During an unusual Cabinet meeting Monday morning, President Trump returned to a theme that he has embraced from the outset of his tenure: People don’t understand just how much he has done.
Sort of. The claim leans heavily on two things: treating all passed legislation as equal and counting executive orders as significant accomplishments.
Roosevelt did indeed sign more legislation into law than Trump, by a wide margin. Even within the first 100 days, Roosevelt easily outpaced Trump. But, then, so did the man who took over for him, Harry Truman. One reason for that, as FiveThirtyEight explained earlier this year, is the increased use of subcommittees to vet legislation, slowing down the legislative process.
Notice, though, that outside of the 100-day window, Trump also signed fewer pieces of legislation than Bill Clinton or Jimmy Carter did by June 12.
A large chunk of Trump’s legislation includes bills passed under the Congressional Review Act, a measure that allows Congress to overturn regulations enacted by a president. The window for passing such legislation is narrow, requiring that resolutions to overturn regulations be filed by the end of March. According to data from Govtrack, Trump signed 14 measures of disapproval under the CRA. Three more of his bills were largely ceremonial, including naming a post office and a courthouse and establishing a memorial.
Update: GovTrack’s Josh Tauberer notes another metric. When comparing pages of legislation signed into law — a proxy for the complexity of the legislation — Trump trails Barack Obama by a wide margin. So far, Trump’s signed into law 858 pages of legislation. By this time in 2009, Obama had signed 1,766.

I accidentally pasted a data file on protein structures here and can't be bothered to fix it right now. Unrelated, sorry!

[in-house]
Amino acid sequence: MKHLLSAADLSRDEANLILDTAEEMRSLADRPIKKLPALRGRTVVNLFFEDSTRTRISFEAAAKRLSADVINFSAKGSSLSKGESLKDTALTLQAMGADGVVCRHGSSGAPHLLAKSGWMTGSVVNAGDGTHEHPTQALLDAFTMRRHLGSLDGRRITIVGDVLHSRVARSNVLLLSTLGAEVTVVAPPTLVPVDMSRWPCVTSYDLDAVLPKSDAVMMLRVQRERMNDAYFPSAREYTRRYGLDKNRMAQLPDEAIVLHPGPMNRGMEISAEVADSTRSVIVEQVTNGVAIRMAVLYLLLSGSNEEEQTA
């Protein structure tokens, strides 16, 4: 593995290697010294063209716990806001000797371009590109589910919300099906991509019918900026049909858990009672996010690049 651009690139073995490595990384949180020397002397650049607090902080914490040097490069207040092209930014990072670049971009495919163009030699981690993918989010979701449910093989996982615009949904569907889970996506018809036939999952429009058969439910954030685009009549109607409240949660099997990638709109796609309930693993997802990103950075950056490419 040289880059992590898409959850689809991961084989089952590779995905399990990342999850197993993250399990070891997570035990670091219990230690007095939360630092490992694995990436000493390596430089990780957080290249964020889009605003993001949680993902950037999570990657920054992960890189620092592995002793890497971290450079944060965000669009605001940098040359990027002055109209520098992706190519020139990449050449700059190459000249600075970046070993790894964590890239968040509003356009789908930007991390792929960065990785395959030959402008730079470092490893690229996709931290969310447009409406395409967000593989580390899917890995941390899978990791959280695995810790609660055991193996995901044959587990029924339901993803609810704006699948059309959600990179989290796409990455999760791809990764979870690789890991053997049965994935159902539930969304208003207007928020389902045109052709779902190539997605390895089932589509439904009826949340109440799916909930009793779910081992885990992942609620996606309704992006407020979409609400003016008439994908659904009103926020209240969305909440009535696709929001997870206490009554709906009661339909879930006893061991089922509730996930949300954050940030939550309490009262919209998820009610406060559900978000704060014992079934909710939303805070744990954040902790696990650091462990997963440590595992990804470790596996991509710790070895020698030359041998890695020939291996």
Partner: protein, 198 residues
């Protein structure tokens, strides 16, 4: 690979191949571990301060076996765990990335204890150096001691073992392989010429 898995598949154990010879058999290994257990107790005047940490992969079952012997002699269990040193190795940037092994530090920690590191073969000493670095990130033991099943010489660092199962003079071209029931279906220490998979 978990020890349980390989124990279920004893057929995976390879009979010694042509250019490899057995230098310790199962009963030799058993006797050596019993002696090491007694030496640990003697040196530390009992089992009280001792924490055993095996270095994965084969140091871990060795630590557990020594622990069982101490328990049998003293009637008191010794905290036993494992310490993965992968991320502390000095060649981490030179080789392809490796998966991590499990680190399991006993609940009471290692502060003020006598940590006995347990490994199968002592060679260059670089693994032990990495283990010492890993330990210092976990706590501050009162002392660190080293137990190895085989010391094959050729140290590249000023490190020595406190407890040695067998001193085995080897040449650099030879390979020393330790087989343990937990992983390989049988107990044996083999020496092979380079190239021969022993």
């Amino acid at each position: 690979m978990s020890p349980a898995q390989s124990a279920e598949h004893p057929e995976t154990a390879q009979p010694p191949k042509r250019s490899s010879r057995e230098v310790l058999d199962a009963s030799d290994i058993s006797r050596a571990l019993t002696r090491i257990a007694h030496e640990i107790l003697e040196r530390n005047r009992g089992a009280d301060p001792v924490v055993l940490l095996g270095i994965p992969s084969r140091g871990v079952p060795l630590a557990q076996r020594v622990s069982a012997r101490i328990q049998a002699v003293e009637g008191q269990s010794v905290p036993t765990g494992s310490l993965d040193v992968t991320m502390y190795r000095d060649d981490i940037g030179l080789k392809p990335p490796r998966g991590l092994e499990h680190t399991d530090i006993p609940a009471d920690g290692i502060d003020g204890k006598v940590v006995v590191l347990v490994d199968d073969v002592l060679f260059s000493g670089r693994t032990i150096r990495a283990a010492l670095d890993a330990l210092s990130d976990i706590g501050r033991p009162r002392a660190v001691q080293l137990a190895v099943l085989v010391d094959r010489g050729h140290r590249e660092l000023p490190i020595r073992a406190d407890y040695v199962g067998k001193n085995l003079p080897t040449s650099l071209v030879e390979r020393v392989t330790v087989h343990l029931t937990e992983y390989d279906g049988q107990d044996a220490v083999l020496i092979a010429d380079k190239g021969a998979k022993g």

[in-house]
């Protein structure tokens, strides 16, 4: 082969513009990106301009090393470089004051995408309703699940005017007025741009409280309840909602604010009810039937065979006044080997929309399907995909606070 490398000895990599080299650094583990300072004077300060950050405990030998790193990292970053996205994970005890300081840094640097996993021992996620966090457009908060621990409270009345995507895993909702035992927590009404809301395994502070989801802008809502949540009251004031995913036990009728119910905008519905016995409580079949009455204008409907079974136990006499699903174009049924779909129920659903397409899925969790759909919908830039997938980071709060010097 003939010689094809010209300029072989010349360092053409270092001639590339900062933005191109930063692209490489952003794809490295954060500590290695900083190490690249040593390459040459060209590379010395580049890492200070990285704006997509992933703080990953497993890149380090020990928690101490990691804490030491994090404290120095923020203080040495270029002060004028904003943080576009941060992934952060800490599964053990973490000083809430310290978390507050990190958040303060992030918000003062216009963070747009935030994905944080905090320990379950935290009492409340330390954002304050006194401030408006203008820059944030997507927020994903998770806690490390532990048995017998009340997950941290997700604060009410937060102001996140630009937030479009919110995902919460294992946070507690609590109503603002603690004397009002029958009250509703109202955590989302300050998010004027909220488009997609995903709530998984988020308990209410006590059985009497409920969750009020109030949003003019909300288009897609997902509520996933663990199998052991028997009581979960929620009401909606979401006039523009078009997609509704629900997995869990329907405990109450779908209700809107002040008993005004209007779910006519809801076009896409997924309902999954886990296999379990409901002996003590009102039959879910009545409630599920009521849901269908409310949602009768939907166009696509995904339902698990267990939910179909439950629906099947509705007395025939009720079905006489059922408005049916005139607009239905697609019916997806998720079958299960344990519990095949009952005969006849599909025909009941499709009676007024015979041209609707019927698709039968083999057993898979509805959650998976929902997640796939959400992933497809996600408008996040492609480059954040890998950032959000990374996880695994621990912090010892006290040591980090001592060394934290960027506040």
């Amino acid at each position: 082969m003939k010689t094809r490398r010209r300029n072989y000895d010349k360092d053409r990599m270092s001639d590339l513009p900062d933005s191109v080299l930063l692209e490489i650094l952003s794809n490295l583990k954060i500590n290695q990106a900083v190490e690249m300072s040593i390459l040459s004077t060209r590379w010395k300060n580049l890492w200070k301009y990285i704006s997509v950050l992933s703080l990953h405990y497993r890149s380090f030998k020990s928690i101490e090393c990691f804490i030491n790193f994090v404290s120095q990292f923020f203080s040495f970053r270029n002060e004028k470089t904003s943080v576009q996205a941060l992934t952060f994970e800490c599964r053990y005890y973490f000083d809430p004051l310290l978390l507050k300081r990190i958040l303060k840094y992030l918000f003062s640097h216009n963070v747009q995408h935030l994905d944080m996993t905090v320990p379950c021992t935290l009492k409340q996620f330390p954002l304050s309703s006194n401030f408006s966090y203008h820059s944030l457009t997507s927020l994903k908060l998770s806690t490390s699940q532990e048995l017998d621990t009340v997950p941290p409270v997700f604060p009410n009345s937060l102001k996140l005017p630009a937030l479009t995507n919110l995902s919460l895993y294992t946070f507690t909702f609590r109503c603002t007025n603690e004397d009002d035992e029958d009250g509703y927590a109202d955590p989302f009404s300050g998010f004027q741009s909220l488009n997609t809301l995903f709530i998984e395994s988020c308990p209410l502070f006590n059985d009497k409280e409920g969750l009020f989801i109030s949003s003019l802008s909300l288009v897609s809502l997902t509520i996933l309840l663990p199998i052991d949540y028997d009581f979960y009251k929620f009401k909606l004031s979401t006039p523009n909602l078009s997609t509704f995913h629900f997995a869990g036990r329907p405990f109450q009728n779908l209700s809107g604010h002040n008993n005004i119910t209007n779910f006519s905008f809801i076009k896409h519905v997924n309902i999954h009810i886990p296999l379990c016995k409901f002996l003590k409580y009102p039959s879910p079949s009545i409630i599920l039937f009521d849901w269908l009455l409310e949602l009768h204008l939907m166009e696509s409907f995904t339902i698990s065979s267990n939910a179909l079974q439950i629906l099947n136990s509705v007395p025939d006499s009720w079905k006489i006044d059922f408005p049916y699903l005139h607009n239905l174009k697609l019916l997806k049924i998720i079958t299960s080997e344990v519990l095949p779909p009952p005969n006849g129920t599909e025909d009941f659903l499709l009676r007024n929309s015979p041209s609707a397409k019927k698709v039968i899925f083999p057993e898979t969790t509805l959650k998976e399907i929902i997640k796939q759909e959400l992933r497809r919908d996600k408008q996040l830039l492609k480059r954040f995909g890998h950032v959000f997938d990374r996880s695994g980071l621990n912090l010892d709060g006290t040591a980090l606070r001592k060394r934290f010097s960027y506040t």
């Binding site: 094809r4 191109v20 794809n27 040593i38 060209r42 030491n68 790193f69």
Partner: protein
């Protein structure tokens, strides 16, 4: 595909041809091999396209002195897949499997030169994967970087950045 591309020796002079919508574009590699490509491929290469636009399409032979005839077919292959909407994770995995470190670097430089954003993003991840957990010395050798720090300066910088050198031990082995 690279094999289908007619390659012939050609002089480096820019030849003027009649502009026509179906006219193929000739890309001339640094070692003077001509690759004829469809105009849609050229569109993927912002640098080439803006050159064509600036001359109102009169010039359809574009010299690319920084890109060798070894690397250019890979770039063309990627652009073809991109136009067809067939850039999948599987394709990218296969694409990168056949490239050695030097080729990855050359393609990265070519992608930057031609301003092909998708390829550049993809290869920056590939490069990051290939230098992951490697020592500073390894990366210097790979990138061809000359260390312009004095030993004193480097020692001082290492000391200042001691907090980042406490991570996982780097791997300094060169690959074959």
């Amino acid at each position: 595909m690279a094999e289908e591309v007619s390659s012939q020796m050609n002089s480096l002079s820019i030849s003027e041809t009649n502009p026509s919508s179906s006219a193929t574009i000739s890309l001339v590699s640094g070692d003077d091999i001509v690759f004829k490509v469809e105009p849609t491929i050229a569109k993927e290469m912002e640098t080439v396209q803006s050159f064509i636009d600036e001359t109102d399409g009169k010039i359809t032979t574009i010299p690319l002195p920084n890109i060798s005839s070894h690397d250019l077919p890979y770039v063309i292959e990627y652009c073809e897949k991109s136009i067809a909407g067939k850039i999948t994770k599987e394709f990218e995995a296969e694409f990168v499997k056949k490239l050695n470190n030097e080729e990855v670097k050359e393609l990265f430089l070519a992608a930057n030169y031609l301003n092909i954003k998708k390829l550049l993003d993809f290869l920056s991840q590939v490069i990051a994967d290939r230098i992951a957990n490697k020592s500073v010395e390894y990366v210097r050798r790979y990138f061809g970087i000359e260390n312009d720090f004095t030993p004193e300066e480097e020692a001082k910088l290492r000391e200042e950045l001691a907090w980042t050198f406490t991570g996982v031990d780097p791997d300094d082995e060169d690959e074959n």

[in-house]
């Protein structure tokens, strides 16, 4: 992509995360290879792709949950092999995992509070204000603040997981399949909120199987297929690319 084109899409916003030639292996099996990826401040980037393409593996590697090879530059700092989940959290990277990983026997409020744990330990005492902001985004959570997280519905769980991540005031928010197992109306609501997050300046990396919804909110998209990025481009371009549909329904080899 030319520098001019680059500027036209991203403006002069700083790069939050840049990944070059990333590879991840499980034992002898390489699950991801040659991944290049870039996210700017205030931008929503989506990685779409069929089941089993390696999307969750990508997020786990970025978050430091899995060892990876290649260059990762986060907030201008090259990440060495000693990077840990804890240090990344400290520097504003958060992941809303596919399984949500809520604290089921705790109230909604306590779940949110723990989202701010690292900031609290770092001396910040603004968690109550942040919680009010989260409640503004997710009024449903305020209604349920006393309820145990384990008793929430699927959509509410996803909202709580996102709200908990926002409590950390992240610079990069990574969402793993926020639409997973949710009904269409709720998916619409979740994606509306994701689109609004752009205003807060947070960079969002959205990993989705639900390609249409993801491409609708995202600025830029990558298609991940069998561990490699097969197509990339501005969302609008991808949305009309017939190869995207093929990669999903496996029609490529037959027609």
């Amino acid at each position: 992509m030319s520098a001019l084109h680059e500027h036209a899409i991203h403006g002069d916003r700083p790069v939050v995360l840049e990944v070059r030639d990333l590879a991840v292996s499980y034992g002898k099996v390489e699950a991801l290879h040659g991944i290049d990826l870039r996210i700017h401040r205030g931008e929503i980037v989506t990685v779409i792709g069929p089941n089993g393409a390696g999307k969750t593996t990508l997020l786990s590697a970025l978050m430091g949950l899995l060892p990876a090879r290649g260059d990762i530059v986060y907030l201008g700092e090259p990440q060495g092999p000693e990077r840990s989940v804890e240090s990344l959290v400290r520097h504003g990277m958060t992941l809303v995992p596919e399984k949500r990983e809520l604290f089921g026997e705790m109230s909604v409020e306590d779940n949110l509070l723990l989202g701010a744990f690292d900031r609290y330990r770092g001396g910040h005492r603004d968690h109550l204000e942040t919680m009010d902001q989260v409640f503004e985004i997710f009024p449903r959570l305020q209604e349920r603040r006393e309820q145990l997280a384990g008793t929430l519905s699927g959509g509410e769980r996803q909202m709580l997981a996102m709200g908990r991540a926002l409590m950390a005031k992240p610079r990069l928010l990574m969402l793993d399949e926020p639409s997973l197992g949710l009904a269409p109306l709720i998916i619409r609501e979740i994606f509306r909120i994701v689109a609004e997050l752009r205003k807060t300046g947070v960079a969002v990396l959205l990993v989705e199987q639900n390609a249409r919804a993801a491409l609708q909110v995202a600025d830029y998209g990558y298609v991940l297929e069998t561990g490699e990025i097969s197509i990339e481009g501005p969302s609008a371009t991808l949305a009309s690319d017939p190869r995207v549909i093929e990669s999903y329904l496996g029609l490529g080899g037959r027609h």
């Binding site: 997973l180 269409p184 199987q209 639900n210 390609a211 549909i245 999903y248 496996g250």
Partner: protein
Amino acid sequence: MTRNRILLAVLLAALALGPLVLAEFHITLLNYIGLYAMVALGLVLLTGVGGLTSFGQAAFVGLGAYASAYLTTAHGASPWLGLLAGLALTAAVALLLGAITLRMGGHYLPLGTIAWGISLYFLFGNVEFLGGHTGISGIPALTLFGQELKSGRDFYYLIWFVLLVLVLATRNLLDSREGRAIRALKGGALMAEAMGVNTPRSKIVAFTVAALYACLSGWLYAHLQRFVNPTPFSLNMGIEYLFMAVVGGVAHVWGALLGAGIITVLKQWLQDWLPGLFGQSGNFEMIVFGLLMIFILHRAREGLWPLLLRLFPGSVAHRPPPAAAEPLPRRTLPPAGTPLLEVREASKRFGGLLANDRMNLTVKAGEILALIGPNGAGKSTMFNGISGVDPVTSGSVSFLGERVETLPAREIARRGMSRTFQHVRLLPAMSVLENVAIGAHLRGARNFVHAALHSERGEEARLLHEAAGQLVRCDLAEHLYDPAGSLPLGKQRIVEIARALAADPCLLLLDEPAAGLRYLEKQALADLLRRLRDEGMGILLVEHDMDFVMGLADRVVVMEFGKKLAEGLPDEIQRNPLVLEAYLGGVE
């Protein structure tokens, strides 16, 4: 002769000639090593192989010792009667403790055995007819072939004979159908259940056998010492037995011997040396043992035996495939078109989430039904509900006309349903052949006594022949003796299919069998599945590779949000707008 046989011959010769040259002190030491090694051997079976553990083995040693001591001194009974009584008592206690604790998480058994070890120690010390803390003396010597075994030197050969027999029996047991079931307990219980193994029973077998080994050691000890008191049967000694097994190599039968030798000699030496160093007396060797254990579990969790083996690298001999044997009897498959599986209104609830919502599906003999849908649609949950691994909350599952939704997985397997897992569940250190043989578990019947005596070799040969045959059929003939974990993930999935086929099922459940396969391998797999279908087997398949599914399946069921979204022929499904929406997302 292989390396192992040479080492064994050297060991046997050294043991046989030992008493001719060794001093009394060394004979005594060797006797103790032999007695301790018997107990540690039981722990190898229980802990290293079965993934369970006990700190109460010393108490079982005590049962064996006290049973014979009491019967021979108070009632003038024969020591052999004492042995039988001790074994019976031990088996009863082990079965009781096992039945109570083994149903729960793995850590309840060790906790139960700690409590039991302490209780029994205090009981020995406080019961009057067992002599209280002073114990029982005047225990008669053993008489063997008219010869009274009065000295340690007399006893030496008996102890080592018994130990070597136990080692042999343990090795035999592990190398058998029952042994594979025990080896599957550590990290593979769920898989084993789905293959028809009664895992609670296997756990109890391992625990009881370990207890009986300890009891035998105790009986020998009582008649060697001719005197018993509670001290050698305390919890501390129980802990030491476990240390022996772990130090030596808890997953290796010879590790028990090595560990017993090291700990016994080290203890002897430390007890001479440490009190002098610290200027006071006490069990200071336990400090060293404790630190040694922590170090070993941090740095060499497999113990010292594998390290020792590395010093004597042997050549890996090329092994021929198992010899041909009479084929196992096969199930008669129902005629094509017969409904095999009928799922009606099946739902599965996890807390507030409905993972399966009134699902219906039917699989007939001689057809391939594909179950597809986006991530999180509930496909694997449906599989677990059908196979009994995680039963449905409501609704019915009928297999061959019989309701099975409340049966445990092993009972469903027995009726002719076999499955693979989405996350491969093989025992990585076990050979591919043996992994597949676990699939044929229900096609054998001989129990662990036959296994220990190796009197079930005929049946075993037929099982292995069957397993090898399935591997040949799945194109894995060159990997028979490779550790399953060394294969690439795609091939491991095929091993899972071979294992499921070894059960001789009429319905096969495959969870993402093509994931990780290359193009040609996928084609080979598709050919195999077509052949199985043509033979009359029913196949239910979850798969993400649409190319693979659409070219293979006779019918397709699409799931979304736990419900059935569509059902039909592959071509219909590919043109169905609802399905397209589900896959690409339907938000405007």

If you add those two metrics together, Trump has gotten the most done.
Of course, if a president wanted to, he could sign any number of executive orders that had little to no effect or that were thrown out by the courts. (On Monday, for example, an appeals court upheld a block on Trump’s immigration ban.) Executive orders can affect the implementation of legislation and the organization of government, but are necessarily limited in the effect they can have. But they can also be largely rhetorical, political demonstrations meant to rally a base.
Put another way, if you simply want a number that you can use to argue how much you’ve gotten done, executive orders would be an effective way to do that. It’s a bit like a baseball player arguing that the real metric isn’t hits, it’s hits plus swings.
And so, on Trump’s unusual combined metric — bills passed plus executive orders — he has been the most productive president since Roosevelt, edging out Jimmy Carter.
Lots of swings.